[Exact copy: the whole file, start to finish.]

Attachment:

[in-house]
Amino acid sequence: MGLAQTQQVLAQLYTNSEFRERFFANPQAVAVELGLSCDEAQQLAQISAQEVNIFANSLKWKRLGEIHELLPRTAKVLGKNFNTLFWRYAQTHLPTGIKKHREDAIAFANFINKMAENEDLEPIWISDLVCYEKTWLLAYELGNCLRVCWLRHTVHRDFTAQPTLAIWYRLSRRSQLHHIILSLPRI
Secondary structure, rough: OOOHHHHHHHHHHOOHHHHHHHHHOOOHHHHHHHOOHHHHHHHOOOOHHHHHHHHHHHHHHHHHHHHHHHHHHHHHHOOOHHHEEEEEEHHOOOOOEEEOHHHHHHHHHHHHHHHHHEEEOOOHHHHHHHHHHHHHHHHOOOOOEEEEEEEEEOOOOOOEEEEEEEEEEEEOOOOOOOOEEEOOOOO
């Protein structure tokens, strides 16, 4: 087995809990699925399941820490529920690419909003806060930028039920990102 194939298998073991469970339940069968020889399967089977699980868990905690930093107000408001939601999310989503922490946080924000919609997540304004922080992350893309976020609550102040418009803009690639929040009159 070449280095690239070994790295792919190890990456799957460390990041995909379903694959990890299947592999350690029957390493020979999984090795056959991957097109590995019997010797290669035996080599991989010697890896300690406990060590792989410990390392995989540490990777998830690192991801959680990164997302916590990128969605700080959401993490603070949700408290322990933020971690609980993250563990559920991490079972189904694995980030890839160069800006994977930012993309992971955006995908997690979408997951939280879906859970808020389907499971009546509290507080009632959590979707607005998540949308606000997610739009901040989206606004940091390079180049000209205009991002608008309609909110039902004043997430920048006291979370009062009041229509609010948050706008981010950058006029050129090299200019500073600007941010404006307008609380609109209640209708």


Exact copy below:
[in-house]
Amino acid sequence: MGLAQTQQVLAQLYTNSEFRERFFANPQAVAVELGLSCDEAQQLAQISAQEVNIFANSLKWKRLGEIHELLPRTAKVLGKNFNTLFWRYAQTHLPTGIKKHREDAIAFANFINKMAENEDLEPIWISDLVCYEKTWLLAYELGNCLRVCWLRHTVHRDFTAQPTLAIWYRLSRRSQLHHIILSLPRI
Secondary structure, rough: OOOHHHHHHHHHHOOHHHHHHHHHOOOHHHHHHHOOHHHHHHHOOOOHHHHHHHHHHHHHHHHHHHHHHHHHHHHHHOOOHHHEEEEEEHHOOOOOEEEOHHHHHHHHHHHHHHHHHEEEOOOHHHHHHHHHHHHHHHHOOOOOEEEEEEEEEOOOOOOEEEEEEEEEEEEOOOOOOOOEEEOOOOO
């Protein structure tokens, strides 16, 4: 087995809990699925399941820490529920690419909003806060930028039920990102 194939298998073991469970339940069968020889399967089977699980868990905690930093107000408001939601999310989503922490946080924000919609997540304004922080992350893309976020609550102040418009803009690639929040009159 070449280095690239070994790295792919190890990456799957460390990041995909379903694959990890299947592999350690029957390493020979999984090795056959991957097109590995019997010797290669035996080599991989010697890896300690406990060590792989410990390392995989540490990777998830690192991801959680990164997302916590990128969605700080959401993490603070949700408290322990933020971690609980993250563990559920991490079972189904694995980030890839160069800006994977930012993309992971955006995908997690979408997951939280879906859970808020389907499971009546509290507080009632959590979707607005998540949308606000997610739009901040989206606004940091390079180049000209205009991002608008309609909110039902004043997430920048006291979370009062009041229509609010948050706008981010950058006029050129090299200019500073600007941010404006307008609380609109209640209708």